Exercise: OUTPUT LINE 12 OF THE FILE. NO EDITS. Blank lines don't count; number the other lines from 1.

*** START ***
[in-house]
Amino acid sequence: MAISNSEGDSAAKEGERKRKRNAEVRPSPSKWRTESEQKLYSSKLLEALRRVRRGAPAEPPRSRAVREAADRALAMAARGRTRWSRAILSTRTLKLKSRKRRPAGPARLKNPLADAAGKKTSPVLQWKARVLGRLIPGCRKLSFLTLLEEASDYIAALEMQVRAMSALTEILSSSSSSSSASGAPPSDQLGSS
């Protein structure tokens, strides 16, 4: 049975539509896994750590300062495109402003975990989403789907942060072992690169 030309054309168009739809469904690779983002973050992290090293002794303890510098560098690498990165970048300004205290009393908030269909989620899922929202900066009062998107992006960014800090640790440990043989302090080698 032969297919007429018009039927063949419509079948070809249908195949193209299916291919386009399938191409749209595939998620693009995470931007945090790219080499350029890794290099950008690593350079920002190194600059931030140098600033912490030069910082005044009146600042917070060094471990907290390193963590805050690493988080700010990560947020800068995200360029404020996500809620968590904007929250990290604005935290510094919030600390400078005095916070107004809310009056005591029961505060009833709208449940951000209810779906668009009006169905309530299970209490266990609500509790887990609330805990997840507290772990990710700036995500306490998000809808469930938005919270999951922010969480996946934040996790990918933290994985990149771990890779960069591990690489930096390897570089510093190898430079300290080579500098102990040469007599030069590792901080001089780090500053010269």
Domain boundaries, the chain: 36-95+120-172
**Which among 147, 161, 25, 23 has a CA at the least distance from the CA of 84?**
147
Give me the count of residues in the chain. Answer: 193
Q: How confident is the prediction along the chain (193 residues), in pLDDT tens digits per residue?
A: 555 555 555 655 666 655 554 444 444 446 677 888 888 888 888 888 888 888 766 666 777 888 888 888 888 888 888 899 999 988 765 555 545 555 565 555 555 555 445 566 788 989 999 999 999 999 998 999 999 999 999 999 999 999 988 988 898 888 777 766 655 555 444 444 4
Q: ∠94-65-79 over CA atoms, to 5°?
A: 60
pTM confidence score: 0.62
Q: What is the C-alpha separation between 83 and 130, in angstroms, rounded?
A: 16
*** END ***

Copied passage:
pTM confidence score: 0.62